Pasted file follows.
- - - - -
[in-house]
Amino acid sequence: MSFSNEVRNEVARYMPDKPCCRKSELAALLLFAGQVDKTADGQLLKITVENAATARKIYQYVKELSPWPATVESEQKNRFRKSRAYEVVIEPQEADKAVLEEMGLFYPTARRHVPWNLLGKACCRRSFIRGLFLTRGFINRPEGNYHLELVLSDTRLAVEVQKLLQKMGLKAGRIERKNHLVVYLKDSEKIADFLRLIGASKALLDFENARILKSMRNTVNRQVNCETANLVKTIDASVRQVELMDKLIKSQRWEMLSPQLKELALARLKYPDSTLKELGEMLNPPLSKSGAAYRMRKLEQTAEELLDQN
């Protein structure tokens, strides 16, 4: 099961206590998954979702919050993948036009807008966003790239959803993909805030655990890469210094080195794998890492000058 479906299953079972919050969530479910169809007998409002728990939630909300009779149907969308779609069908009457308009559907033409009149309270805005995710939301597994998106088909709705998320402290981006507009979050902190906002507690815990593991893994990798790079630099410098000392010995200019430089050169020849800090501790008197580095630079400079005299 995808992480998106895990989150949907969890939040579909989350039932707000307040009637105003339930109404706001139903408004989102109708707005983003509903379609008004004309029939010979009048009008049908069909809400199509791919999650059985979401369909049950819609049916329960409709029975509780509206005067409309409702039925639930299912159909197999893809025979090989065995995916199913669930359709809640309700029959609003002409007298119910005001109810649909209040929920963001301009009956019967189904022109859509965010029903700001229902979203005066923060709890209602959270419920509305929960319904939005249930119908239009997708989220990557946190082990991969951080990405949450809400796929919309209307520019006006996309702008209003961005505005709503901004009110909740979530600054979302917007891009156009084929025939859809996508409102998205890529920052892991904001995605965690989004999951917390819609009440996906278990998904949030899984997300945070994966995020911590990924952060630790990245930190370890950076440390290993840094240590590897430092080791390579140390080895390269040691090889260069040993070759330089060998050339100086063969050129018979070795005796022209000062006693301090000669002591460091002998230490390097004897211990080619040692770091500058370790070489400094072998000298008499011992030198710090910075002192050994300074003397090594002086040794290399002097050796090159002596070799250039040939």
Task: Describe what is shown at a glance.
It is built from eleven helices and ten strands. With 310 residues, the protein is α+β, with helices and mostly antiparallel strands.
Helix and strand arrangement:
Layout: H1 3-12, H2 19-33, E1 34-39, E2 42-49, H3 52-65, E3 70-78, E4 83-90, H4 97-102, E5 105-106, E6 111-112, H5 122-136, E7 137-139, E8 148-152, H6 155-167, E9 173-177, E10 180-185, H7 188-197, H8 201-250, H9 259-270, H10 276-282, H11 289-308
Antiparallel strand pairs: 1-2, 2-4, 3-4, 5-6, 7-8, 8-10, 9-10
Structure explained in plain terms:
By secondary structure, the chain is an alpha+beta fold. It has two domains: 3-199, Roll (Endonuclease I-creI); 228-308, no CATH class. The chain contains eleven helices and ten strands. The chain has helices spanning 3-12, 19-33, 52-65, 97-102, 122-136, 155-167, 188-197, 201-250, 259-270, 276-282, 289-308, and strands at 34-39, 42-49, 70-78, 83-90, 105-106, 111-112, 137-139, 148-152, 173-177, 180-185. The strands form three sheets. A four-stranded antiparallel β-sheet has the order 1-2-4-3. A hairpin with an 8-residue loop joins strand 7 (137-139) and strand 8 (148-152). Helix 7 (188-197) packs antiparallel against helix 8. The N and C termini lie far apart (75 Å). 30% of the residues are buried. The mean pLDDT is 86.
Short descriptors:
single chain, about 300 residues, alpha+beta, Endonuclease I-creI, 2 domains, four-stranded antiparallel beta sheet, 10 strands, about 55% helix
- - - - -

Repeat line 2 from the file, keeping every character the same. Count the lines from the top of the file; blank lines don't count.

Amino acid sequence: MSFSNEVRNEVARYMPDKPCCRKSELAALLLFAGQVDKTADGQLLKITVENAATARKIYQYVKELSPWPATVESEQKNRFRKSRAYEVVIEPQEADKAVLEEMGLFYPTARRHVPWNLLGKACCRRSFIRGLFLTRGFINRPEGNYHLELVLSDTRLAVEVQKLLQKMGLKAGRIERKNHLVVYLKDSEKIADFLRLIGASKALLDFENARILKSMRNTVNRQVNCETANLVKTIDASVRQVELMDKLIKSQRWEMLSPQLKELALARLKYPDSTLKELGEMLNPPLSKSGAAYRMRKLEQTAEELLDQN